鈴木:Without fearing misunderstanding, I think those who want to live a relaxed slow life in the countryside while doing design work wouldn’t fit in with us. Because we do quite a bit of hard work (laughs). This is true for all the local ventures in Nishiawakura Village. So, who is suitable? I think it’s people who enjoy working with small and medium-sized businesses and their owners. In Tokyo, I could only engage in compartmentalized design work at the industry’s periphery. But now in the countryside, I can talk deeply with business owners through branding and design everything necessary for them and their companies. I create graphics, websites, products, and spaces and even think about what we should make. I can now do the work of designing everything, which I aspired to do as a high school student. Although nottuo is still a small company, it’s an excellent environment for those who want to design everything like I did.

羽田:The environment to design freely across genres in the countryside seems perfect for a training ground. People trained at nottuo might gain skills and go independent (laughs).

鈴木:Honestly, I used to dislike that (laughs). I didn’t want nottuo to be like an apprenticeship where people worked for low wages intending to leave. But now, my thinking has changed, and I think it’s okay for those who want to go independent to come to nottuo. They can work here for a long time, or after training, they can return to their hometowns and start branding work. nottuo wants to change society from the countryside through design. We aim to increase the options for the countryside, making society richer by increasing small businesses that offer attractive products and services through design. It would be better if like-minded companions were working across Japan. Since nottuo alone cannot support all SMEs in the 47 prefectures or handle global work, having more partners is crucial.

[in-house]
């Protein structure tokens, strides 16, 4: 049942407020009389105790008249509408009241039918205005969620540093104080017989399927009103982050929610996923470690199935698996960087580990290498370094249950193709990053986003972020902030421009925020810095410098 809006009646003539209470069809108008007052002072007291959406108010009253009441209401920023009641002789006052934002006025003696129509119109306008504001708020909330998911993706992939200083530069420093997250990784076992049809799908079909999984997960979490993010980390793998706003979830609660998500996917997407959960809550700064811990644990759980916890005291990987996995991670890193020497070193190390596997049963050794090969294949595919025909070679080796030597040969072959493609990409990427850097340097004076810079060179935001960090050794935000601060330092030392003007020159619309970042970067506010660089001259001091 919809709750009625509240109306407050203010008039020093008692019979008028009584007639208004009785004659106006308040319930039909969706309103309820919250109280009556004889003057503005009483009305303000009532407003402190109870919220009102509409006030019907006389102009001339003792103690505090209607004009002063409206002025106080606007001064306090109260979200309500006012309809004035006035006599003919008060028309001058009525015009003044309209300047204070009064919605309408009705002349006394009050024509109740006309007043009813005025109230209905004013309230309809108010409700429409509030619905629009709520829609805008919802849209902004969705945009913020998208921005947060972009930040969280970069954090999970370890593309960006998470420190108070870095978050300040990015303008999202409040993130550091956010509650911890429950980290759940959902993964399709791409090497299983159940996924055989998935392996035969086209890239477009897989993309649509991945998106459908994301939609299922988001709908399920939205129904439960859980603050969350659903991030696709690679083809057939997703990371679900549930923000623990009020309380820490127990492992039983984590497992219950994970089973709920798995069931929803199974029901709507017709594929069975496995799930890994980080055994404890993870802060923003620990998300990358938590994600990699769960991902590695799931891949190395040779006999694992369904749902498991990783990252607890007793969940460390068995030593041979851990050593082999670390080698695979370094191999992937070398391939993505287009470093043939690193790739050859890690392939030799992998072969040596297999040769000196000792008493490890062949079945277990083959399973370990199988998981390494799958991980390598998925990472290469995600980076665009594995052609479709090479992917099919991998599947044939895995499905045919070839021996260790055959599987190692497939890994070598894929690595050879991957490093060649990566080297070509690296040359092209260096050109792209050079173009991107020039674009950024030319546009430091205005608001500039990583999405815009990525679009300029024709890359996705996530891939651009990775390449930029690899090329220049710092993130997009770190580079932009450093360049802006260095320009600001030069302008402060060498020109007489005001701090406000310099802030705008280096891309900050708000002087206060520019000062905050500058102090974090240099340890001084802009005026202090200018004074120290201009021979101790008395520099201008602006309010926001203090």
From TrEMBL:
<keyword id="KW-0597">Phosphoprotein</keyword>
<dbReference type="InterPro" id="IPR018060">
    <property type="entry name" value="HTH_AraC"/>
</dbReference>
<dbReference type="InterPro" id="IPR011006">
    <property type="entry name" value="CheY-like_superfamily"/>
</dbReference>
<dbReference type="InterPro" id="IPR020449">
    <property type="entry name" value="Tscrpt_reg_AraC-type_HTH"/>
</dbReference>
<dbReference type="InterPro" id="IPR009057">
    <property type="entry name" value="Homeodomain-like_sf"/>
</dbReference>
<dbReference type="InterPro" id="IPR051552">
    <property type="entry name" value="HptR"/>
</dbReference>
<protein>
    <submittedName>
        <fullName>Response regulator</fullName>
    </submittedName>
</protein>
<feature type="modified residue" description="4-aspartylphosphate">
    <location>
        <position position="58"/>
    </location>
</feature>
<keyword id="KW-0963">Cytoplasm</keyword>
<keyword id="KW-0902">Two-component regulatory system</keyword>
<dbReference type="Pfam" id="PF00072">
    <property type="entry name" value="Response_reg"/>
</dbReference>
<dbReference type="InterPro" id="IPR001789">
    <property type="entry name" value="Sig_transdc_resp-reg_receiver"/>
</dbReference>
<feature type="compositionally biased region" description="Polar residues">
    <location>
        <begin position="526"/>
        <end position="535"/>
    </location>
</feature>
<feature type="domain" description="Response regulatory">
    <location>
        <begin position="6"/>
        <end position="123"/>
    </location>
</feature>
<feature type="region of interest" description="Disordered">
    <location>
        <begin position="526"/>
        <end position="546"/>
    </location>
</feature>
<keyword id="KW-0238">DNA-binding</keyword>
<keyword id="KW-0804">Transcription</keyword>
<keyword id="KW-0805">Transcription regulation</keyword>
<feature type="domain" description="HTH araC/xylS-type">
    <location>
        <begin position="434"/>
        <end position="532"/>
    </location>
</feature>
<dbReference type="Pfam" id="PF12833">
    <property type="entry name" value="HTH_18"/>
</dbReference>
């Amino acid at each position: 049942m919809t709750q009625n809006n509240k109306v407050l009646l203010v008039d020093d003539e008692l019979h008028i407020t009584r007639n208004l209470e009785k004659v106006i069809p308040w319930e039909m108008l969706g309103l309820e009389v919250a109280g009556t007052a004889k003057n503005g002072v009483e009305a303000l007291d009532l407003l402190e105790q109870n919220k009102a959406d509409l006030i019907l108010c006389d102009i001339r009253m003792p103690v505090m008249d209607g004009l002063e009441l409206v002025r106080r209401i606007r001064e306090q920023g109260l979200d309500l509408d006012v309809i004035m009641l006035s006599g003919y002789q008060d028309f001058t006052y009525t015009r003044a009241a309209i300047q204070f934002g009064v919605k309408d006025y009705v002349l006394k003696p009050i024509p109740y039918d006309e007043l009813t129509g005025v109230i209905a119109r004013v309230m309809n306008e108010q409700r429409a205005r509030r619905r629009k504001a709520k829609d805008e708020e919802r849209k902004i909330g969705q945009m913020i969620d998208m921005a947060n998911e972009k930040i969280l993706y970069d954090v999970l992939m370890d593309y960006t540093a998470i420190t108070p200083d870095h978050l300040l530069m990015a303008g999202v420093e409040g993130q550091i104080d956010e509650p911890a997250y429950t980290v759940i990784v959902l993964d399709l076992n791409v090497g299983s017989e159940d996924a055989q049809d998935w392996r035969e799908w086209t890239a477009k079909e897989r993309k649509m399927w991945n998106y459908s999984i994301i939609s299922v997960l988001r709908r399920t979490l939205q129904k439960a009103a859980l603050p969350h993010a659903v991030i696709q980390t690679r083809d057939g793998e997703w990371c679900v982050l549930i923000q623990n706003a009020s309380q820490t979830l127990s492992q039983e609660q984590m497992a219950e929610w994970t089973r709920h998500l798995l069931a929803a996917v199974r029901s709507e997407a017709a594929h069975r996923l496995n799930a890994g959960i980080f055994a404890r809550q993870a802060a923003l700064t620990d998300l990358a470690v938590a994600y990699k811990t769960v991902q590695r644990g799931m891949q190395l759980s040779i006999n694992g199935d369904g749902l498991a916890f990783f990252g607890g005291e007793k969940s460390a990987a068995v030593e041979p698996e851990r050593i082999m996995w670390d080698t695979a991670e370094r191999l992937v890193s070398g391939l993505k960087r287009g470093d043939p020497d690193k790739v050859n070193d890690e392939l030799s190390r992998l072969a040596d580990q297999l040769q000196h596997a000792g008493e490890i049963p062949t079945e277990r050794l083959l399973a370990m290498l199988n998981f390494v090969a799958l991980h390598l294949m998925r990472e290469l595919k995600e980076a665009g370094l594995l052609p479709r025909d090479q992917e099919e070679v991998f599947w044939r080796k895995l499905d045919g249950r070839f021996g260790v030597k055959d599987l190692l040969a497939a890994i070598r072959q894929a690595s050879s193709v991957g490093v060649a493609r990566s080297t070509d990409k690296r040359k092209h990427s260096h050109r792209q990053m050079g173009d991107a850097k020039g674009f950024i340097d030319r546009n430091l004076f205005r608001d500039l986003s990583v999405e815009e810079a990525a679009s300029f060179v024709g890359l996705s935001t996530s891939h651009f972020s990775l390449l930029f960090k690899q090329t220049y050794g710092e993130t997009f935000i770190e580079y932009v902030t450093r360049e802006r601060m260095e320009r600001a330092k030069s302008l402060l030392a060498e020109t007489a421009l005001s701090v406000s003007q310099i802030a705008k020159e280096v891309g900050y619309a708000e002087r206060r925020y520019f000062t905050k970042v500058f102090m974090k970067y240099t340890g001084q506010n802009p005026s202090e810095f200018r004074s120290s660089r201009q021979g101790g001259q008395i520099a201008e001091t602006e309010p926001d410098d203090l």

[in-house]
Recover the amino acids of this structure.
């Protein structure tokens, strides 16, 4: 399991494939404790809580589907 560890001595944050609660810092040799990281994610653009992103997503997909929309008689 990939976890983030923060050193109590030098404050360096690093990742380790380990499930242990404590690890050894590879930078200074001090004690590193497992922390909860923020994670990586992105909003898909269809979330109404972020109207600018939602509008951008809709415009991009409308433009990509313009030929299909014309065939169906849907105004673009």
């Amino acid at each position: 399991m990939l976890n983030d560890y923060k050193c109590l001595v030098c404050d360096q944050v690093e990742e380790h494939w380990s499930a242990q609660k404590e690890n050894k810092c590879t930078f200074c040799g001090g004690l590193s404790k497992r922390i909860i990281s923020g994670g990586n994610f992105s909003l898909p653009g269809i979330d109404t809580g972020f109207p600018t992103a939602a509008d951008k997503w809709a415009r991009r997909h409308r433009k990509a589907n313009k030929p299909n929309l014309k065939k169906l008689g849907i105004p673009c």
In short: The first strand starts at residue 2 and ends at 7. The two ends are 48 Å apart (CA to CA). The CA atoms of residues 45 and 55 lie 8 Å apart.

Aiming for the Future,
Branding Ourselves as a Branding Company

羽田:Increasing companions helps achieve the future faster. Is it the same feeling as branding ROKU* in Toyama? Branding a branding company is an interesting initiative.

*ROKU: A branding company established in Takaoka, Toyama, as a joint venture between an entrepreneur and an architect.

鈴木:Exactly. That was an interesting job. It was the first time someone asked us to brand their branding company. Technically, they are a competitor providing the same branding services, but our future goals are the same. So, instead of keeping our accumulated know-how to ourselves, I thought it would be better to share it openly. We shared everything we had with ROKU. If you ask if nottuo can handle 100 jobs in Toyama, we can’t. It’s better if ROKU, sharing our vision, does it. The world being improved by design is much more important than the individual profit of nottuo.

Ensuring nottuo Survives Even After I’m Gone

羽田:Finally, nottuo is currently a team of four. What future do you envision as team formation progresses?

鈴木:In my personal life plan, I aimed to complete nottuo’s team formation in my 30s and start another business in my 40s (laughs). But my drive as a manager wasn’t strong enough, so the team formation isn’t finished yet. That’s why I’m now fully accelerating the team formation. I don’t want nottuo to be a personal office that disbands if I die, but a company that continues to create design in the countryside, with lasting value. I want to pass on the management baton to someone else eventually. nottuo 1.0 was born as a freelance label. The current stage of aiming for growth as a company is nottuo 2.0. Beyond that is nottuo 3.0, a business company that establishes business through design management. I want to create a business company that proves the effectiveness of design management as a means to enhance corporate value. If we can’t do that, we lack credibility. Enhancing corporate value through design is the essence of nottuo’s existence. (End)

Photo : ミー( @mee__lifestyle
Edit : 羽田知広( SERIF